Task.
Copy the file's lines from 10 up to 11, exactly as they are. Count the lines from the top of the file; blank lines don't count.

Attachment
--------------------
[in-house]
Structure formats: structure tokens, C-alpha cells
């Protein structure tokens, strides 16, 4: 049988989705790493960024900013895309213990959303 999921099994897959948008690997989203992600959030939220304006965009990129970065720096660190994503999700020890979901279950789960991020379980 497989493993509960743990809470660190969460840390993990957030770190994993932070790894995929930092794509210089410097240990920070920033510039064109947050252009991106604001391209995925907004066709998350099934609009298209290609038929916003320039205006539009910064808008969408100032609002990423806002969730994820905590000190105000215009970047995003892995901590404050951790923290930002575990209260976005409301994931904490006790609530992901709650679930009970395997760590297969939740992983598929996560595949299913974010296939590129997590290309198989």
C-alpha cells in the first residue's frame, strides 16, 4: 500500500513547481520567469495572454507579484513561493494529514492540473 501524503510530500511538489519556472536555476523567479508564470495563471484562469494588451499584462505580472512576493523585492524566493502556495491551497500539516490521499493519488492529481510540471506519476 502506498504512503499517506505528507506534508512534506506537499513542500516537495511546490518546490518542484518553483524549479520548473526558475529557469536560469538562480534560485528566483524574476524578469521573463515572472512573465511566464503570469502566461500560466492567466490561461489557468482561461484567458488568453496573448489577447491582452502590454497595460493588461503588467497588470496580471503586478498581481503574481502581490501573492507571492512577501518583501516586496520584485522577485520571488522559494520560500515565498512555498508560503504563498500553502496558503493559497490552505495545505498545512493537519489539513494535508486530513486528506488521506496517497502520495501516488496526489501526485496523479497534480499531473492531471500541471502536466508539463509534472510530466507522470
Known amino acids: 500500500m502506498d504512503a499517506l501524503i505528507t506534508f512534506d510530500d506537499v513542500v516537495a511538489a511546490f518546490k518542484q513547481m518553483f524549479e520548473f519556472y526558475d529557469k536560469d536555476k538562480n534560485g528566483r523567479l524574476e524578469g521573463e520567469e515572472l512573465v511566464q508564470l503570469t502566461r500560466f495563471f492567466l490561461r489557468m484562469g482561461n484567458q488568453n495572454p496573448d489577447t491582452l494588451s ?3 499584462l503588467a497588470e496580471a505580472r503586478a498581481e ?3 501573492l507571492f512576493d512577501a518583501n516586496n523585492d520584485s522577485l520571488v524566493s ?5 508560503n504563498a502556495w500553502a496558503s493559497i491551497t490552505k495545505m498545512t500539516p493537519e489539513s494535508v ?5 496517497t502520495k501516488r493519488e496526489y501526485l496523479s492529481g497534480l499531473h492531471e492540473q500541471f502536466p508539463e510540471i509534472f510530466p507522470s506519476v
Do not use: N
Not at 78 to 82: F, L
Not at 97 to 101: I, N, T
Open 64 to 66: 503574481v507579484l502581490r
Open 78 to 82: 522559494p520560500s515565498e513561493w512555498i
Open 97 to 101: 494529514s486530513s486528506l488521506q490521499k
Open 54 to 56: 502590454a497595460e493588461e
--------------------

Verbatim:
Open 78 to 82: 522559494p520560500s515565498e513561493w512555498i
Open 97 to 101: 494529514s486530513s486528506l488521506q490521499k